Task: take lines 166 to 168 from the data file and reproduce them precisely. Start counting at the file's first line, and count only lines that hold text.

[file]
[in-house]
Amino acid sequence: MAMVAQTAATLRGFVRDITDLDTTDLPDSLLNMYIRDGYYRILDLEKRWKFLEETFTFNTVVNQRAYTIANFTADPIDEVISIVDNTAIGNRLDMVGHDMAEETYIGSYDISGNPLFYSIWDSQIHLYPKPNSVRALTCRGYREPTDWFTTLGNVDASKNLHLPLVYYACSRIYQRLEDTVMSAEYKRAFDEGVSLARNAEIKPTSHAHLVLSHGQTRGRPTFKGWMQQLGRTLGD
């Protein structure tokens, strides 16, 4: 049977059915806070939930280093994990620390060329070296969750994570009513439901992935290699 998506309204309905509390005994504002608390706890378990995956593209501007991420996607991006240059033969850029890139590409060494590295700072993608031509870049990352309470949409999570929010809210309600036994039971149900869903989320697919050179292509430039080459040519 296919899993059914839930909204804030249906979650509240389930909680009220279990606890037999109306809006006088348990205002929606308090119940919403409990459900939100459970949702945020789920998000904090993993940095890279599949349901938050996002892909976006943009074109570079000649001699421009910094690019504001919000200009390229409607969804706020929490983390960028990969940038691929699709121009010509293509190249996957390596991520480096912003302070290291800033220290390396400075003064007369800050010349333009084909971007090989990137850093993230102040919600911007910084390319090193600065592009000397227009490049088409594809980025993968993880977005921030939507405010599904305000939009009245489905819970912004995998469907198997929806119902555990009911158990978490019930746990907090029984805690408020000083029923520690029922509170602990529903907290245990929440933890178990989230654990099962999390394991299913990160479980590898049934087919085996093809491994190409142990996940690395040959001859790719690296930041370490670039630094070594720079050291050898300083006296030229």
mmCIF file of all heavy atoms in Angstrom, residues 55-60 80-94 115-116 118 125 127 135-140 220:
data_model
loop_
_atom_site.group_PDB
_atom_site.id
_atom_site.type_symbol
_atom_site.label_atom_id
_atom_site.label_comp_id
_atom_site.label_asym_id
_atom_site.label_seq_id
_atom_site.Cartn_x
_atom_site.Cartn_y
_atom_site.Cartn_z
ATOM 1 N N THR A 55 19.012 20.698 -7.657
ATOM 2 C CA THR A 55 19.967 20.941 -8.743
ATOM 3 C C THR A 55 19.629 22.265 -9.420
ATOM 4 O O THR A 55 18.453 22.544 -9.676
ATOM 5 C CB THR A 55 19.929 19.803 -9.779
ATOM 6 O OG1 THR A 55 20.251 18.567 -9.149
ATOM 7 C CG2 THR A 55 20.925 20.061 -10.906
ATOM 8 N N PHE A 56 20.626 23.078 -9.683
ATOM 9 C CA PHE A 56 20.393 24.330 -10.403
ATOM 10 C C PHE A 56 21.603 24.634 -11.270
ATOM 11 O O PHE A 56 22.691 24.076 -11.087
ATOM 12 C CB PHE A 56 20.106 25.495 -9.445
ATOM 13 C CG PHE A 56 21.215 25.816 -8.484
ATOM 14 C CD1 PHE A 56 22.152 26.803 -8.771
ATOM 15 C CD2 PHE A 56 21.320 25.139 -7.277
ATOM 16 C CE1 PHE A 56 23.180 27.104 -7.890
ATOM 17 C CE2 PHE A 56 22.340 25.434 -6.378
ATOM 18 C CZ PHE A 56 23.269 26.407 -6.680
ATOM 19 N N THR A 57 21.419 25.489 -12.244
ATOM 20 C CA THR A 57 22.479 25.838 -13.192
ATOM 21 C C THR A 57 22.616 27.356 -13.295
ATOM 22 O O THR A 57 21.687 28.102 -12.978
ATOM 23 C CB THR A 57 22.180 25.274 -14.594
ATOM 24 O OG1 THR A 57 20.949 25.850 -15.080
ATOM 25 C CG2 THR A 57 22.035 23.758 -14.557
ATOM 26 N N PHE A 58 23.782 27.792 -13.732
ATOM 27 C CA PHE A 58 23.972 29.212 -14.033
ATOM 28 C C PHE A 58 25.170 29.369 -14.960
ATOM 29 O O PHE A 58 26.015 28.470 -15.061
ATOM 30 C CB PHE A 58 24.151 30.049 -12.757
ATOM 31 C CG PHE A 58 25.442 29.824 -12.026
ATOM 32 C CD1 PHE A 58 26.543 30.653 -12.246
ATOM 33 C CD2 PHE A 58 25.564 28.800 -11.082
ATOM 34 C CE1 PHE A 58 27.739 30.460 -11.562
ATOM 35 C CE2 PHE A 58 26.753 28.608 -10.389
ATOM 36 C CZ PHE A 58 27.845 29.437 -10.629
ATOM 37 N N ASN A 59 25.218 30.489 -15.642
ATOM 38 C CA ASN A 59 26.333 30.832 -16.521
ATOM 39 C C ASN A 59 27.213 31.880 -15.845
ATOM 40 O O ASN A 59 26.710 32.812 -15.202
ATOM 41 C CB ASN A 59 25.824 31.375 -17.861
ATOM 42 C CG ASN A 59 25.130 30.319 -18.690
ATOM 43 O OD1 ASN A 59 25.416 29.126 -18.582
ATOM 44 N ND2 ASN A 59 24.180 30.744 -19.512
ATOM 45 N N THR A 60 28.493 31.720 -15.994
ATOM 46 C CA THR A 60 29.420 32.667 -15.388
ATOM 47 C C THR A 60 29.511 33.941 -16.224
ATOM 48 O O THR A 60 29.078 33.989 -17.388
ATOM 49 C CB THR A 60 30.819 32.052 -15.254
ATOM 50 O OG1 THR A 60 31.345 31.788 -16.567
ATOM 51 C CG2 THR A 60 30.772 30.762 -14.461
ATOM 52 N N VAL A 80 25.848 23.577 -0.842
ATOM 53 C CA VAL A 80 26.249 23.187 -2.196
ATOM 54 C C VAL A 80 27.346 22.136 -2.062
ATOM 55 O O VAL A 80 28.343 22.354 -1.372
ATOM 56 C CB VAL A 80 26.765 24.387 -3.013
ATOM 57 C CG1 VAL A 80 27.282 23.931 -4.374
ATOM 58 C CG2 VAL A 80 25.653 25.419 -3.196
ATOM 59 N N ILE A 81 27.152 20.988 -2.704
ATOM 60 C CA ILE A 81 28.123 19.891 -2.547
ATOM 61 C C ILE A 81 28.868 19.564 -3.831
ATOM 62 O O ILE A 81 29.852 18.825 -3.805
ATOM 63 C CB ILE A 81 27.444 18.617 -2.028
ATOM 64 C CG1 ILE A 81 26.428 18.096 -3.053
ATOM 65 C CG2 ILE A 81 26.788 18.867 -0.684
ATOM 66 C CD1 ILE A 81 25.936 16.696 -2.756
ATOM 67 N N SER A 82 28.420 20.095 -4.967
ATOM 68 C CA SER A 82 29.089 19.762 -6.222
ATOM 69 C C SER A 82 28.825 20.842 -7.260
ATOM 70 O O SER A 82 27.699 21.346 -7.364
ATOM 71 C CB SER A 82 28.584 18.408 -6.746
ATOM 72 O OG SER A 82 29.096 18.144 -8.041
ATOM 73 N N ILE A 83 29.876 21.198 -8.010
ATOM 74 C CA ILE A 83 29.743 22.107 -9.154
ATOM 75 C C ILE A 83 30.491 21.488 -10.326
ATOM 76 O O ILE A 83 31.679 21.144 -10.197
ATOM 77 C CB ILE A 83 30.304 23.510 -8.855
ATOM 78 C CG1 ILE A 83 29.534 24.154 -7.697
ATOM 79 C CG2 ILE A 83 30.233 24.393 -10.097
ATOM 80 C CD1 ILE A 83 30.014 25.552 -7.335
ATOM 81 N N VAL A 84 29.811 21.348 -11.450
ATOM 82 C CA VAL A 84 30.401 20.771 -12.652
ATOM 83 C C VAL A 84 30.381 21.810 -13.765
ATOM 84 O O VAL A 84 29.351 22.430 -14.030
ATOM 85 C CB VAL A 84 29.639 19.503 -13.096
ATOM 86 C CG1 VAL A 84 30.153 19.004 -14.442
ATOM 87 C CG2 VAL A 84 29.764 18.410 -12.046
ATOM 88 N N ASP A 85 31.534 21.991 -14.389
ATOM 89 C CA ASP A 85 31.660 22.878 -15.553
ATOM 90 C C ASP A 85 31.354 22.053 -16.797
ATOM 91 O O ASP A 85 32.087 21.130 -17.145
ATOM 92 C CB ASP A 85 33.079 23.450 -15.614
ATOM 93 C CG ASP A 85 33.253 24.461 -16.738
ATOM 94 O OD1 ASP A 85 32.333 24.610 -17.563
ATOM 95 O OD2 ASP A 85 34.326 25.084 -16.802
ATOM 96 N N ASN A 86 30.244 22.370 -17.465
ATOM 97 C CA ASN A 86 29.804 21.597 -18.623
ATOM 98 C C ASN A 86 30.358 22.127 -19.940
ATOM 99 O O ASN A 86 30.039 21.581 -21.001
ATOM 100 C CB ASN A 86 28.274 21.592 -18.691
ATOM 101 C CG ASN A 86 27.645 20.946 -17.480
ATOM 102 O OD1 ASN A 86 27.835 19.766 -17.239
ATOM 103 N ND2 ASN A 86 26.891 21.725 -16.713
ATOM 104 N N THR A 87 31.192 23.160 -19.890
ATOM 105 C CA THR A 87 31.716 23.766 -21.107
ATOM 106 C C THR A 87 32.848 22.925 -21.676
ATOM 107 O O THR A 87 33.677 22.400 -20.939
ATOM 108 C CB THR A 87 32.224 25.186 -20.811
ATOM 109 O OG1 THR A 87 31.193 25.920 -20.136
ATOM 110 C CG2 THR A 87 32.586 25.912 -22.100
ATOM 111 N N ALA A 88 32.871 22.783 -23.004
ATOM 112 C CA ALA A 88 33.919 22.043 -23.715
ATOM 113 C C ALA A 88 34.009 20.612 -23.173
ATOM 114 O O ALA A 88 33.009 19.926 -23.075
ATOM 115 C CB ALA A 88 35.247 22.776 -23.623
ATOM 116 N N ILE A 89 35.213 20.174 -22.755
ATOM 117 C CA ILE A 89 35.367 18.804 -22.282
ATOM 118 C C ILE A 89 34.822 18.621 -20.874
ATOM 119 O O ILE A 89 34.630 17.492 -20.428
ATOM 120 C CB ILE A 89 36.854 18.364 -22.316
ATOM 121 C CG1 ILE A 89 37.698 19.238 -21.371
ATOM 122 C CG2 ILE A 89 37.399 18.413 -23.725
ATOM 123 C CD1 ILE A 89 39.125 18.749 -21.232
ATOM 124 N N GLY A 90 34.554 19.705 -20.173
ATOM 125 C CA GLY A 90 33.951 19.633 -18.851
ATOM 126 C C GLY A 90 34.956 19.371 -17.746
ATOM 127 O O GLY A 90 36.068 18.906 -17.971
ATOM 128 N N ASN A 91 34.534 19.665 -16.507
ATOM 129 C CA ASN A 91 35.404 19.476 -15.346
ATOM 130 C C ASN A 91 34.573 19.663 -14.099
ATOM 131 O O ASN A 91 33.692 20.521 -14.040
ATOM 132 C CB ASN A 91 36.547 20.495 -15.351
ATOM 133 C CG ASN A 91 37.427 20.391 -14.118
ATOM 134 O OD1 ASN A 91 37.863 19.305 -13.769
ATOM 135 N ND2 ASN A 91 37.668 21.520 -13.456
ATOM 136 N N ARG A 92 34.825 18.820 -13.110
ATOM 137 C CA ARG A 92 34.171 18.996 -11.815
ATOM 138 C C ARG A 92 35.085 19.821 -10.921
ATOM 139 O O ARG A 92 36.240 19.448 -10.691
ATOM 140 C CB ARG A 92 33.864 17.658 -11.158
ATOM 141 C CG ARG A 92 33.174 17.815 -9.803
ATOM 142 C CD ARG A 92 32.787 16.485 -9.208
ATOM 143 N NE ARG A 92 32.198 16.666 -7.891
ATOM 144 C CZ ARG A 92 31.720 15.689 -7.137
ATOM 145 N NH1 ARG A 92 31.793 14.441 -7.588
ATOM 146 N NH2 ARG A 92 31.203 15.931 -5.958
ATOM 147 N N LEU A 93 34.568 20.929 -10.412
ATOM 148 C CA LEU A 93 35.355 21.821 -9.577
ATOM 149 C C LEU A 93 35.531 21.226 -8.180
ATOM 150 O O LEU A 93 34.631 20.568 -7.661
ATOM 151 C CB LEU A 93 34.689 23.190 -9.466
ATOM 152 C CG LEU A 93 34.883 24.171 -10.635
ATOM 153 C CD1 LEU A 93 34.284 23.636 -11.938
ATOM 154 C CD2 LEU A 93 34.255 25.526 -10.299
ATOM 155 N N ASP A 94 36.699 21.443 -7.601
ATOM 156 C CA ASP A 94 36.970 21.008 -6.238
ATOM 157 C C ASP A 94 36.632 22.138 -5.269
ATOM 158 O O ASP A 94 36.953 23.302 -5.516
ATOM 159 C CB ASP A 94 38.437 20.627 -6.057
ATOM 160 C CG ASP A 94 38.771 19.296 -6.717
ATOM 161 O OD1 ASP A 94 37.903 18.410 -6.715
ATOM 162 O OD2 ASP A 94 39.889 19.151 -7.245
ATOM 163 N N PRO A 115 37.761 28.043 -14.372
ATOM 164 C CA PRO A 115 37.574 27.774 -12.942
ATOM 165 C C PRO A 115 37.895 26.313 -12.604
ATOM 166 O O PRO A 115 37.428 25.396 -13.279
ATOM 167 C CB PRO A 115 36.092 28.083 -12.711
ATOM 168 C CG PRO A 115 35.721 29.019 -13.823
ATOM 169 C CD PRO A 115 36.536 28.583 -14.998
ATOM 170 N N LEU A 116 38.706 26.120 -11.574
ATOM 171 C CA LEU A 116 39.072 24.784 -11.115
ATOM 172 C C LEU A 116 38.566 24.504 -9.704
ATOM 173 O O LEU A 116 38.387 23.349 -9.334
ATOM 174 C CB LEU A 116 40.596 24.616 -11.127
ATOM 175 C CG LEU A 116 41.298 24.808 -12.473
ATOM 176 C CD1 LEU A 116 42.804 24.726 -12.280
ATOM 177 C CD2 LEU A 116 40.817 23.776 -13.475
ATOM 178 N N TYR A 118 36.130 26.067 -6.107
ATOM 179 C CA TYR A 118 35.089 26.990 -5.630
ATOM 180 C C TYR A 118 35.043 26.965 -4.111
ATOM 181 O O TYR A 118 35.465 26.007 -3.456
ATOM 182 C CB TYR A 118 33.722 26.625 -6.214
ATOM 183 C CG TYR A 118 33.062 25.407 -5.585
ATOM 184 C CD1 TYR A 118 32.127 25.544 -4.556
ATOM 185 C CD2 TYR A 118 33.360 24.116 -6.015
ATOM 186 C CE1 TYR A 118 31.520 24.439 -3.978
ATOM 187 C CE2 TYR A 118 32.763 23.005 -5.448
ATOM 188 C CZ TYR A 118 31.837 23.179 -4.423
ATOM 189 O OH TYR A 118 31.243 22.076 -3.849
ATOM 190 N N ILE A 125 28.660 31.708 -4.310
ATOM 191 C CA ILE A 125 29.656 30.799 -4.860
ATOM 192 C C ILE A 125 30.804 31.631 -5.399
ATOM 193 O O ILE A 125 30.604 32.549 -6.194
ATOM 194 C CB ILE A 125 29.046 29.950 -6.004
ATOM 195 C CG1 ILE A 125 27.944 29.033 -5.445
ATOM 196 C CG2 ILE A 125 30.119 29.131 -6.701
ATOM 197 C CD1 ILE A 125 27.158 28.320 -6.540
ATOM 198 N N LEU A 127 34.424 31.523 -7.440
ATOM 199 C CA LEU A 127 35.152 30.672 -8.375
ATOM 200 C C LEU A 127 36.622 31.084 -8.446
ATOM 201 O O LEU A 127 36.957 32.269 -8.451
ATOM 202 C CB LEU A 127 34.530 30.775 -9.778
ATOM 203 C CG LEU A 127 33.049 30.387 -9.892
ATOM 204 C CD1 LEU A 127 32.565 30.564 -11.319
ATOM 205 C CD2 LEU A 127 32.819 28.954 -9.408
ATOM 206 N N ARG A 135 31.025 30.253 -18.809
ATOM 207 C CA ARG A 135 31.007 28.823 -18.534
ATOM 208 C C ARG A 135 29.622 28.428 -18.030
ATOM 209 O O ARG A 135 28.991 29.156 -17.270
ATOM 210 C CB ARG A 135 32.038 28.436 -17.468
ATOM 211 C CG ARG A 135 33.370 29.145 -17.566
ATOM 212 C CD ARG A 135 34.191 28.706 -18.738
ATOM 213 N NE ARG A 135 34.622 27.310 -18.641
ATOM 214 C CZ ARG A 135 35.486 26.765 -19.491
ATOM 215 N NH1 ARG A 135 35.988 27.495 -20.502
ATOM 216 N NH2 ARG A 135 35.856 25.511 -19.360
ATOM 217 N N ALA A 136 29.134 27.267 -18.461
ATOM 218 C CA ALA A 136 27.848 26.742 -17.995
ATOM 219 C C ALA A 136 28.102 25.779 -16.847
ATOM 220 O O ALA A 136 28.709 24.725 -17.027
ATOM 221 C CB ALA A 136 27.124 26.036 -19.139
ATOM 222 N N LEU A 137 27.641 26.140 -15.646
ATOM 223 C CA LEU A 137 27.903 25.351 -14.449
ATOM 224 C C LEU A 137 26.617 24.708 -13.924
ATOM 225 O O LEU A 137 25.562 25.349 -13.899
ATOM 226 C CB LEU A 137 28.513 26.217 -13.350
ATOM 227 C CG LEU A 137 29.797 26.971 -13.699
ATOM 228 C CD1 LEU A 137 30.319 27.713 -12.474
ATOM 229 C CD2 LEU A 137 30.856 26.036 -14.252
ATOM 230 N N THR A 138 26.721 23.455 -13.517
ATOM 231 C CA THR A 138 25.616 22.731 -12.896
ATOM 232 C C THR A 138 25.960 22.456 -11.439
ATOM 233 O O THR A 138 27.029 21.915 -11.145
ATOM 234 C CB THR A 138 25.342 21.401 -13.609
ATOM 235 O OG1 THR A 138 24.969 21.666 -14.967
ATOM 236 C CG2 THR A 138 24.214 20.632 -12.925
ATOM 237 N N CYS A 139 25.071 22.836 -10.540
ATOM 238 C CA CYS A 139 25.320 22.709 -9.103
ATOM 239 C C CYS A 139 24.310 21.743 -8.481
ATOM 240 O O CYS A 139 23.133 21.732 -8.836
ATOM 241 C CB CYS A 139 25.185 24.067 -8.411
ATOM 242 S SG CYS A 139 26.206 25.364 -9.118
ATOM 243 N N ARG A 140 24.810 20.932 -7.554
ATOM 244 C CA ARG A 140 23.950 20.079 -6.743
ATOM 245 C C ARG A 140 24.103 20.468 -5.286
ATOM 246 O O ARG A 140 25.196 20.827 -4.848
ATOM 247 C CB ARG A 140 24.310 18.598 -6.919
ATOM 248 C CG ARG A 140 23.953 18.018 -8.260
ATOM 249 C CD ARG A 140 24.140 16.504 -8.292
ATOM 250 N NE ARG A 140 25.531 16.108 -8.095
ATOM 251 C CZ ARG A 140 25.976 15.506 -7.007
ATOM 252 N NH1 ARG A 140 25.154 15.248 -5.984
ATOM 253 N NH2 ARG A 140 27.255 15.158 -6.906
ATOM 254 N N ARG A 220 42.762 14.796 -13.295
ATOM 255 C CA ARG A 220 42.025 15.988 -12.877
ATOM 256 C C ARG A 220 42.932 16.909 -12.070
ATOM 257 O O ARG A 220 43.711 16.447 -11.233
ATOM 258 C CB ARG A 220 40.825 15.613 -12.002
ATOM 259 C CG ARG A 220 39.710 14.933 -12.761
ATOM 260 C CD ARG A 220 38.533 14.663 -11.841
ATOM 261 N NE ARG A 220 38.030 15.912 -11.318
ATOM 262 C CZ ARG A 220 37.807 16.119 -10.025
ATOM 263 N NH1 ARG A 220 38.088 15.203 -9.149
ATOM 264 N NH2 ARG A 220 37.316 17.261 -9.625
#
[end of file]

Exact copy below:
ATOM 150 O O LEU A 93 34.631 20.568 -7.661
ATOM 151 C CB LEU A 93 34.689 23.190 -9.466
ATOM 152 C CG LEU A 93 34.883 24.171 -10.635